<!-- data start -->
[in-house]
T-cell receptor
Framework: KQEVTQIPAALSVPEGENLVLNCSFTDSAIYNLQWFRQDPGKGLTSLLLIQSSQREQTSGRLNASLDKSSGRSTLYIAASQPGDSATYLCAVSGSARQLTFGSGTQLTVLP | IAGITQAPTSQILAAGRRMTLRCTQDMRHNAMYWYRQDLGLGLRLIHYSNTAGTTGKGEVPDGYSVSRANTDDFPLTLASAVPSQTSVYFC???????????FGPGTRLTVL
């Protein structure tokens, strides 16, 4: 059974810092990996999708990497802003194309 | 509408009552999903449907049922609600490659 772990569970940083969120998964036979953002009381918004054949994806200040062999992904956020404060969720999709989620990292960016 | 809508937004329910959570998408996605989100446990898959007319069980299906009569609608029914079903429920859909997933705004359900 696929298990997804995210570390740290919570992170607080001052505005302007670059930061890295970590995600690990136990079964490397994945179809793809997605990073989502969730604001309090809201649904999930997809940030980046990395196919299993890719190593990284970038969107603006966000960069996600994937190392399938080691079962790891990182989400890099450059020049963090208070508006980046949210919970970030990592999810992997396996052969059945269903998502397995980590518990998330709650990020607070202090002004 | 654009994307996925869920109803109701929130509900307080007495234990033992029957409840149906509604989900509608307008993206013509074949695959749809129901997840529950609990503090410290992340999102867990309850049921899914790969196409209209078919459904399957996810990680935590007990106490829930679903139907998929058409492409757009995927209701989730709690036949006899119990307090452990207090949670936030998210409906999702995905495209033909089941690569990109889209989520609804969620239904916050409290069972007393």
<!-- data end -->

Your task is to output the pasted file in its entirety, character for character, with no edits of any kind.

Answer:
[in-house]
T-cell receptor
Framework: KQEVTQIPAALSVPEGENLVLNCSFTDSAIYNLQWFRQDPGKGLTSLLLIQSSQREQTSGRLNASLDKSSGRSTLYIAASQPGDSATYLCAVSGSARQLTFGSGTQLTVLP | IAGITQAPTSQILAAGRRMTLRCTQDMRHNAMYWYRQDLGLGLRLIHYSNTAGTTGKGEVPDGYSVSRANTDDFPLTLASAVPSQTSVYFC???????????FGPGTRLTVL
């Protein structure tokens, strides 16, 4: 059974810092990996999708990497802003194309 | 509408009552999903449907049922609600490659 772990569970940083969120998964036979953002009381918004054949994806200040062999992904956020404060969720999709989620990292960016 | 809508937004329910959570998408996605989100446990898959007319069980299906009569609608029914079903429920859909997933705004359900 696929298990997804995210570390740290919570992170607080001052505005302007670059930061890295970590995600690990136990079964490397994945179809793809997605990073989502969730604001309090809201649904999930997809940030980046990395196919299993890719190593990284970038969107603006966000960069996600994937190392399938080691079962790891990182989400890099450059020049963090208070508006980046949210919970970030990592999810992997396996052969059945269903998502397995980590518990998330709650990020607070202090002004 | 654009994307996925869920109803109701929130509900307080007495234990033992029957409840149906509604989900509608307008993206013509074949695959749809129901997840529950609990503090410290992340999102867990309850049921899914790969196409209209078919459904399957996810990680935590007990106490829930679903139907998929058409492409757009995927209701989730709690036949006899119990307090452990207090949670936030998210409906999702995905495209033909089941690569990109889209989520609804969620239904916050409290069972007393």